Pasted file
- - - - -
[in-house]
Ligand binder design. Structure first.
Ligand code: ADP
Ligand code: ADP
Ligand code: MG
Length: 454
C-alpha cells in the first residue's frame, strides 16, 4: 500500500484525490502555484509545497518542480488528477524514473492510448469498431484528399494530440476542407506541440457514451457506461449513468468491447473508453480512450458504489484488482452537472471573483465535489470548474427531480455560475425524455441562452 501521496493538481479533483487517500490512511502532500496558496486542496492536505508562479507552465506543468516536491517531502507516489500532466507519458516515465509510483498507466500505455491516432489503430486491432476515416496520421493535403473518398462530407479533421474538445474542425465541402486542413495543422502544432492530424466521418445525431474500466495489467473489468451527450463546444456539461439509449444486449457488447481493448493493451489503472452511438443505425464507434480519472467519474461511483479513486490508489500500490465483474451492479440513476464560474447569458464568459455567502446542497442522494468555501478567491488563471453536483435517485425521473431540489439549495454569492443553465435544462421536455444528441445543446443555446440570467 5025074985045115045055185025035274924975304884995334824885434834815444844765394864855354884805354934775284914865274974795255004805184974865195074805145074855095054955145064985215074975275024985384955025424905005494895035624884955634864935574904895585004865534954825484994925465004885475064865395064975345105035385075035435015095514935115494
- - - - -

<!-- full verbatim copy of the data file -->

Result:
[in-house]
Ligand binder design. Structure first.
Ligand code: ADP
Ligand code: ADP
Ligand code: MG
Length: 454
C-alpha cells in the first residue's frame, strides 16, 4: 500500500484525490502555484509545497518542480488528477524514473492510448469498431484528399494530440476542407506541440457514451457506461449513468468491447473508453480512450458504489484488482452537472471573483465535489470548474427531480455560475425524455441562452 501521496493538481479533483487517500490512511502532500496558496486542496492536505508562479507552465506543468516536491517531502507516489500532466507519458516515465509510483498507466500505455491516432489503430486491432476515416496520421493535403473518398462530407479533421474538445474542425465541402486542413495543422502544432492530424466521418445525431474500466495489467473489468451527450463546444456539461439509449444486449457488447481493448493493451489503472452511438443505425464507434480519472467519474461511483479513486490508489500500490465483474451492479440513476464560474447569458464568459455567502446542497442522494468555501478567491488563471453536483435517485425521473431540489439549495454569492443553465435544462421536455444528441445543446443555446440570467 5025074985045115045055185025035274924975304884995334824885434834815444844765394864855354884805354934775284914865274974795255004805184974865195074805145074855095054955145064985215074975275024985384955025424905005494895035624884955634864935574904895585004865534954825484994925465004885475064865395064975345105035385075035435015095514935115494